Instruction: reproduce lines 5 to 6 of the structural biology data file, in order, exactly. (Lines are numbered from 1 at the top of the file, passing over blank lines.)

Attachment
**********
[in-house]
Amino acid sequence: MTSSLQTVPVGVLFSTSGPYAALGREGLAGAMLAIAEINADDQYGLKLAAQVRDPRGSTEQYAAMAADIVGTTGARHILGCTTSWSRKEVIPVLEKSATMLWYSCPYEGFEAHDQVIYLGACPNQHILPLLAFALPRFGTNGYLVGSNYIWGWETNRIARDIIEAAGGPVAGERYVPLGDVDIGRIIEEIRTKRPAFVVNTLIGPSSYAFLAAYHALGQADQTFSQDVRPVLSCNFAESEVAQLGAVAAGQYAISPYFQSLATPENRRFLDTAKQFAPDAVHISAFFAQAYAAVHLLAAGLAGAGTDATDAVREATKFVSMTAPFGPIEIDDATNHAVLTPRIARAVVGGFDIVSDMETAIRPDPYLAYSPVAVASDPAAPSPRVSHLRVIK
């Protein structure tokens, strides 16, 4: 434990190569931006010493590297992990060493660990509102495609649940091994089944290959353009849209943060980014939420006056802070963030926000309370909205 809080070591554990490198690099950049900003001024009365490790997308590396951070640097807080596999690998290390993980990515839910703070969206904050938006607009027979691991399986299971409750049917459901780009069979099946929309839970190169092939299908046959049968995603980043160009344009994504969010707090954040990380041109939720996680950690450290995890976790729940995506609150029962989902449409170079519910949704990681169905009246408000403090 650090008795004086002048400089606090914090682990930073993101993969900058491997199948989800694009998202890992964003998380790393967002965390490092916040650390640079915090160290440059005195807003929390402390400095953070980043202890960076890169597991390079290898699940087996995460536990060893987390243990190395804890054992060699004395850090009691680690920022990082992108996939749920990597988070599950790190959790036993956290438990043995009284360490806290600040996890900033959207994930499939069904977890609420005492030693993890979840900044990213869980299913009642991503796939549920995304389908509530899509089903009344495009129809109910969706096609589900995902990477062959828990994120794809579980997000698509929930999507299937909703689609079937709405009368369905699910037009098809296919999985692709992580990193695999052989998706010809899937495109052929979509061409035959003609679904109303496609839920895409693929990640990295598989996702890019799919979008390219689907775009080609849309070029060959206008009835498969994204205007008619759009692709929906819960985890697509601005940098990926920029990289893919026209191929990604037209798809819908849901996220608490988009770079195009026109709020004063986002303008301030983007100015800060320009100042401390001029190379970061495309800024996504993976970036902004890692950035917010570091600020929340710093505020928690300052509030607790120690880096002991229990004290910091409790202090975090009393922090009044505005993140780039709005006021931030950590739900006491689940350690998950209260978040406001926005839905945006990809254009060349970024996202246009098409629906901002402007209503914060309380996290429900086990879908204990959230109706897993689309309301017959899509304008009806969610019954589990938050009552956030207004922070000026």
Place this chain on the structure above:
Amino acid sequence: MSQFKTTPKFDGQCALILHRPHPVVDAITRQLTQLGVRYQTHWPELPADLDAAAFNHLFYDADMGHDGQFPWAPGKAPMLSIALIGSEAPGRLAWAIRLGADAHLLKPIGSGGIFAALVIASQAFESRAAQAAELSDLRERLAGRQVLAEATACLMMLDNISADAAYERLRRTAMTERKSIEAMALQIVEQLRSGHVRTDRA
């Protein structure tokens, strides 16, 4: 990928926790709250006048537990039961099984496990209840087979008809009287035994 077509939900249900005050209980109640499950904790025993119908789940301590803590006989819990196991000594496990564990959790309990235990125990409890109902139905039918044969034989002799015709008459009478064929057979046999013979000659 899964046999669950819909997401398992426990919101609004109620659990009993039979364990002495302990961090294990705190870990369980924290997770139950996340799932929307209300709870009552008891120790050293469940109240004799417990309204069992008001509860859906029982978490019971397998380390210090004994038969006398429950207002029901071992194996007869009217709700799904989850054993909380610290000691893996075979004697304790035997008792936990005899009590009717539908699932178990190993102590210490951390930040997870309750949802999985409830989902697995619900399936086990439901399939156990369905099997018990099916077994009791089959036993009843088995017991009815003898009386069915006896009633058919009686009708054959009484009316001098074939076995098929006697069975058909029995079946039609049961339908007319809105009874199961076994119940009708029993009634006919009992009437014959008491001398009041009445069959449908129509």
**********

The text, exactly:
Amino acid sequence: MSQFKTTPKFDGQCALILHRPHPVVDAITRQLTQLGVRYQTHWPELPADLDAAAFNHLFYDADMGHDGQFPWAPGKAPMLSIALIGSEAPGRLAWAIRLGADAHLLKPIGSGGIFAALVIASQAFESRAAQAAELSDLRERLAGRQVLAEATACLMMLDNISADAAYERLRRTAMTERKSIEAMALQIVEQLRSGHVRTDRA
């Protein structure tokens, strides 16, 4: 990928926790709250006048537990039961099984496990209840087979008809009287035994 077509939900249900005050209980109640499950904790025993119908789940301590803590006989819990196991000594496990564990959790309990235990125990409890109902139905039918044969034989002799015709008459009478064929057979046999013979000659 899964046999669950819909997401398992426990919101609004109620659990009993039979364990002495302990961090294990705190870990369980924290997770139950996340799932929307209300709870009552008891120790050293469940109240004799417990309204069992008001509860859906029982978490019971397998380390210090004994038969006398429950207002029901071992194996007869009217709700799904989850054993909380610290000691893996075979004697304790035997008792936990005899009590009717539908699932178990190993102590210490951390930040997870309750949802999985409830989902697995619900399936086990439901399939156990369905099997018990099916077994009791089959036993009843088995017991009815003898009386069915006896009633058919009686009708054959009484009316001098074939076995098929006697069975058909029995079946039609049961339908007319809105009874199961076994119940009708029993009634006919009992009437014959008491001398009041009445069959449908129509």